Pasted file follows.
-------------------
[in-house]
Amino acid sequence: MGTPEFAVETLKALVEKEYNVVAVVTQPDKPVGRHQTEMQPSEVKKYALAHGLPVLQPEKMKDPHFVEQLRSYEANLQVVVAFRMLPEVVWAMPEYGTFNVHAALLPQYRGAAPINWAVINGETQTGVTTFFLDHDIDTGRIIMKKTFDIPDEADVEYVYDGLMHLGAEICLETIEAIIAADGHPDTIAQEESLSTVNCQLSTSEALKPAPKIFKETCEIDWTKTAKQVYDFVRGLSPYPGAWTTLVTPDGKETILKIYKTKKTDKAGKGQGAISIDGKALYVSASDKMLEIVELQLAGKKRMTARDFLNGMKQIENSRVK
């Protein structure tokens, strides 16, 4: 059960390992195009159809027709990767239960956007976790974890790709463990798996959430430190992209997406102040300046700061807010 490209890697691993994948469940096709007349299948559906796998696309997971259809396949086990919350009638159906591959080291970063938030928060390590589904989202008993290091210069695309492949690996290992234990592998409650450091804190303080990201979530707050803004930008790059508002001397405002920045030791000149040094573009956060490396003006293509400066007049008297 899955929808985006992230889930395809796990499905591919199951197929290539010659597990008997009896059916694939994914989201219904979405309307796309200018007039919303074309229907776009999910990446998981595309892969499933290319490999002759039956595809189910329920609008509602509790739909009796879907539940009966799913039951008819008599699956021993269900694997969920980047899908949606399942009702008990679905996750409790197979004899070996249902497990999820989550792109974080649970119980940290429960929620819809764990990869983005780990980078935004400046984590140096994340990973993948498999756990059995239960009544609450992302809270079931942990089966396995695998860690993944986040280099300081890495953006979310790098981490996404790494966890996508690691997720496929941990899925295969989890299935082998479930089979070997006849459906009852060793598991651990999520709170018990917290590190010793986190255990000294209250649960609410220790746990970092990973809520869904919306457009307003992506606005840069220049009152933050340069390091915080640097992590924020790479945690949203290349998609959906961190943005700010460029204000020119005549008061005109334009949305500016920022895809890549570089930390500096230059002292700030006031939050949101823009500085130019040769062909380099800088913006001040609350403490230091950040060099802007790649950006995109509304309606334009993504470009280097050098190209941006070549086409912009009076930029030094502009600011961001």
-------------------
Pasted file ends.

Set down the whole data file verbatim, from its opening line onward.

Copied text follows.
[in-house]
Amino acid sequence: MGTPEFAVETLKALVEKEYNVVAVVTQPDKPVGRHQTEMQPSEVKKYALAHGLPVLQPEKMKDPHFVEQLRSYEANLQVVVAFRMLPEVVWAMPEYGTFNVHAALLPQYRGAAPINWAVINGETQTGVTTFFLDHDIDTGRIIMKKTFDIPDEADVEYVYDGLMHLGAEICLETIEAIIAADGHPDTIAQEESLSTVNCQLSTSEALKPAPKIFKETCEIDWTKTAKQVYDFVRGLSPYPGAWTTLVTPDGKETILKIYKTKKTDKAGKGQGAISIDGKALYVSASDKMLEIVELQLAGKKRMTARDFLNGMKQIENSRVK
């Protein structure tokens, strides 16, 4: 059960390992195009159809027709990767239960956007976790974890790709463990798996959430430190992209997406102040300046700061807010 490209890697691993994948469940096709007349299948559906796998696309997971259809396949086990919350009638159906591959080291970063938030928060390590589904989202008993290091210069695309492949690996290992234990592998409650450091804190303080990201979530707050803004930008790059508002001397405002920045030791000149040094573009956060490396003006293509400066007049008297 899955929808985006992230889930395809796990499905591919199951197929290539010659597990008997009896059916694939994914989201219904979405309307796309200018007039919303074309229907776009999910990446998981595309892969499933290319490999002759039956595809189910329920609008509602509790739909009796879907539940009966799913039951008819008599699956021993269900694997969920980047899908949606399942009702008990679905996750409790197979004899070996249902497990999820989550792109974080649970119980940290429960929620819809764990990869983005780990980078935004400046984590140096994340990973993948498999756990059995239960009544609450992302809270079931942990089966396995695998860690993944986040280099300081890495953006979310790098981490996404790494966890996508690691997720496929941990899925295969989890299935082998479930089979070997006849459906009852060793598991651990999520709170018990917290590190010793986190255990000294209250649960609410220790746990970092990973809520869904919306457009307003992506606005840069220049009152933050340069390091915080640097992590924020790479945690949203290349998609959906961190943005700010460029204000020119005549008061005109334009949305500016920022895809890549570089930390500096230059002292700030006031939050949101823009500085130019040769062909380099800088913006001040609350403490230091950040060099802007790649950006995109509304309606334009993504470009280097050098190209941006070549086409912009009076930029030094502009600011961001």